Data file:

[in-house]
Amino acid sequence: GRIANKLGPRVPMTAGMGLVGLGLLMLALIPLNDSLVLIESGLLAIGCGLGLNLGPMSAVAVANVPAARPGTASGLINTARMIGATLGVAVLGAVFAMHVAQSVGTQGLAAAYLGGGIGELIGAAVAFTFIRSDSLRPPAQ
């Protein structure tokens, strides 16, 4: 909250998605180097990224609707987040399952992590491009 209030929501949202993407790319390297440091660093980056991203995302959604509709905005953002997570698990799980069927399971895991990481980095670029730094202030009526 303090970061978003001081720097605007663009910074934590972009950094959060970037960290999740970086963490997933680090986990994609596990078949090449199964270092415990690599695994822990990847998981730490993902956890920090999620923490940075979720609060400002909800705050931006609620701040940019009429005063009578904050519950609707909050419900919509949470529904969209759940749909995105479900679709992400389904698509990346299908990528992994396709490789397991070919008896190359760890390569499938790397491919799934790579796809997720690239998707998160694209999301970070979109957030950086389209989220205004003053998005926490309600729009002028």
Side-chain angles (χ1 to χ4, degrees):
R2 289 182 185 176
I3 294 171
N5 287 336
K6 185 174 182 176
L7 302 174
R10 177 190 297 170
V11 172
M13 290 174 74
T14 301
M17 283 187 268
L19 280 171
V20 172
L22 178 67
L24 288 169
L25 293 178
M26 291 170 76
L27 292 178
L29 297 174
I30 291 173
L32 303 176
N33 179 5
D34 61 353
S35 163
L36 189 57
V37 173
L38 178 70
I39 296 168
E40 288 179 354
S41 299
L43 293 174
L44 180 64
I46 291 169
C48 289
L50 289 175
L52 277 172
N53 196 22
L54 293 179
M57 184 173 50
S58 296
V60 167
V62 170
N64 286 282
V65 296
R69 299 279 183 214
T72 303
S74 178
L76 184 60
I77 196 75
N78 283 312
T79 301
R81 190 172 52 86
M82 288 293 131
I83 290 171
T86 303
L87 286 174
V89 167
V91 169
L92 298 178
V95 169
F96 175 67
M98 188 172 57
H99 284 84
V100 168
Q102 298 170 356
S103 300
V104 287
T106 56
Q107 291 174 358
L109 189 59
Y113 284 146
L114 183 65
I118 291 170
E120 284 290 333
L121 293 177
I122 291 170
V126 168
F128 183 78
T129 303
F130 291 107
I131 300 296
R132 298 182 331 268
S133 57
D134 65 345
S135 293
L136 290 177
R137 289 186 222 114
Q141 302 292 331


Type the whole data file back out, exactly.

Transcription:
[in-house]
Amino acid sequence: GRIANKLGPRVPMTAGMGLVGLGLLMLALIPLNDSLVLIESGLLAIGCGLGLNLGPMSAVAVANVPAARPGTASGLINTARMIGATLGVAVLGAVFAMHVAQSVGTQGLAAAYLGGGIGELIGAAVAFTFIRSDSLRPPAQ
């Protein structure tokens, strides 16, 4: 909250998605180097990224609707987040399952992590491009 209030929501949202993407790319390297440091660093980056991203995302959604509709905005953002997570698990799980069927399971895991990481980095670029730094202030009526 303090970061978003001081720097605007663009910074934590972009950094959060970037960290999740970086963490997933680090986990994609596990078949090449199964270092415990690599695994822990990847998981730490993902956890920090999620923490940075979720609060400002909800705050931006609620701040940019009429005063009578904050519950609707909050419900919509949470529904969209759940749909995105479900679709992400389904698509990346299908990528992994396709490789397991070919008896190359760890390569499938790397491919799934790579796809997720690239998707998160694209999301970070979109957030950086389209989220205004003053998005926490309600729009002028």
Side-chain angles (χ1 to χ4, degrees):
R2 289 182 185 176
I3 294 171
N5 287 336
K6 185 174 182 176
L7 302 174
R10 177 190 297 170
V11 172
M13 290 174 74
T14 301
M17 283 187 268
L19 280 171
V20 172
L22 178 67
L24 288 169
L25 293 178
M26 291 170 76
L27 292 178
L29 297 174
I30 291 173
L32 303 176
N33 179 5
D34 61 353
S35 163
L36 189 57
V37 173
L38 178 70
I39 296 168
E40 288 179 354
S41 299
L43 293 174
L44 180 64
I46 291 169
C48 289
L50 289 175
L52 277 172
N53 196 22
L54 293 179
M57 184 173 50
S58 296
V60 167
V62 170
N64 286 282
V65 296
R69 299 279 183 214
T72 303
S74 178
L76 184 60
I77 196 75
N78 283 312
T79 301
R81 190 172 52 86
M82 288 293 131
I83 290 171
T86 303
L87 286 174
V89 167
V91 169
L92 298 178
V95 169
F96 175 67
M98 188 172 57
H99 284 84
V100 168
Q102 298 170 356
S103 300
V104 287
T106 56
Q107 291 174 358
L109 189 59
Y113 284 146
L114 183 65
I118 291 170
E120 284 290 333
L121 293 177
I122 291 170
V126 168
F128 183 78
T129 303
F130 291 107
I131 300 296
R132 298 182 331 268
S133 57
D134 65 345
S135 293
L136 290 177
R137 289 186 222 114
Q141 302 292 331